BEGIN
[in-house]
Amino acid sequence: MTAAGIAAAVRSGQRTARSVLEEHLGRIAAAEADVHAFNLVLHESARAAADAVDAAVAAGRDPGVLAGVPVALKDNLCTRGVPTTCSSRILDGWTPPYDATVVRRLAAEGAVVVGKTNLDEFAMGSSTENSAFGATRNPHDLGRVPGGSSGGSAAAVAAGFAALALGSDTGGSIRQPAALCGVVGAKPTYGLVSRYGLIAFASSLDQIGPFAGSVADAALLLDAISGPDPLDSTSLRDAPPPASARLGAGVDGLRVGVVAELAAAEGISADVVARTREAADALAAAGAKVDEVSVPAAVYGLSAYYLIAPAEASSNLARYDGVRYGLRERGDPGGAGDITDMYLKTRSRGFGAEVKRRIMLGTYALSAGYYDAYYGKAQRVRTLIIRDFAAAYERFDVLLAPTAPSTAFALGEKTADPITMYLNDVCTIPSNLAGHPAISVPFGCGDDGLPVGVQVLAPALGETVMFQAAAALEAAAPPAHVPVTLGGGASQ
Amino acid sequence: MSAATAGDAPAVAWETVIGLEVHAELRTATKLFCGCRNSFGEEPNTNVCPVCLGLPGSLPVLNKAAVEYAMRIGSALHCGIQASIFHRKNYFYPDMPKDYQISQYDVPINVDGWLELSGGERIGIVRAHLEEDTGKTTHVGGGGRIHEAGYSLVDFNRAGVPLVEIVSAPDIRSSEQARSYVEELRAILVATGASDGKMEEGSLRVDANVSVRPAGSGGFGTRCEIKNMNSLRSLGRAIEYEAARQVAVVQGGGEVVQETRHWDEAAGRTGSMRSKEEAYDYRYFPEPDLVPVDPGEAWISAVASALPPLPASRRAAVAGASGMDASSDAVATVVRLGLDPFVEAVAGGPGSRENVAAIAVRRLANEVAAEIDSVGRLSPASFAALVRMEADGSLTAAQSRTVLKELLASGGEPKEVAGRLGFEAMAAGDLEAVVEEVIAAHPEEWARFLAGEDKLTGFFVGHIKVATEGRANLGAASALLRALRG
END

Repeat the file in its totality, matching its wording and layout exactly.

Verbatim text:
[in-house]
Amino acid sequence: MTAAGIAAAVRSGQRTARSVLEEHLGRIAAAEADVHAFNLVLHESARAAADAVDAAVAAGRDPGVLAGVPVALKDNLCTRGVPTTCSSRILDGWTPPYDATVVRRLAAEGAVVVGKTNLDEFAMGSSTENSAFGATRNPHDLGRVPGGSSGGSAAAVAAGFAALALGSDTGGSIRQPAALCGVVGAKPTYGLVSRYGLIAFASSLDQIGPFAGSVADAALLLDAISGPDPLDSTSLRDAPPPASARLGAGVDGLRVGVVAELAAAEGISADVVARTREAADALAAAGAKVDEVSVPAAVYGLSAYYLIAPAEASSNLARYDGVRYGLRERGDPGGAGDITDMYLKTRSRGFGAEVKRRIMLGTYALSAGYYDAYYGKAQRVRTLIIRDFAAAYERFDVLLAPTAPSTAFALGEKTADPITMYLNDVCTIPSNLAGHPAISVPFGCGDDGLPVGVQVLAPALGETVMFQAAAALEAAAPPAHVPVTLGGGASQ
Amino acid sequence: MSAATAGDAPAVAWETVIGLEVHAELRTATKLFCGCRNSFGEEPNTNVCPVCLGLPGSLPVLNKAAVEYAMRIGSALHCGIQASIFHRKNYFYPDMPKDYQISQYDVPINVDGWLELSGGERIGIVRAHLEEDTGKTTHVGGGGRIHEAGYSLVDFNRAGVPLVEIVSAPDIRSSEQARSYVEELRAILVATGASDGKMEEGSLRVDANVSVRPAGSGGFGTRCEIKNMNSLRSLGRAIEYEAARQVAVVQGGGEVVQETRHWDEAAGRTGSMRSKEEAYDYRYFPEPDLVPVDPGEAWISAVASALPPLPASRRAAVAGASGMDASSDAVATVVRLGLDPFVEAVAGGPGSRENVAAIAVRRLANEVAAEIDSVGRLSPASFAALVRMEADGSLTAAQSRTVLKELLASGGEPKEVAGRLGFEAMAAGDLEAVVEEVIAAHPEEWARFLAGEDKLTGFFVGHIKVATEGRANLGAASALLRALRG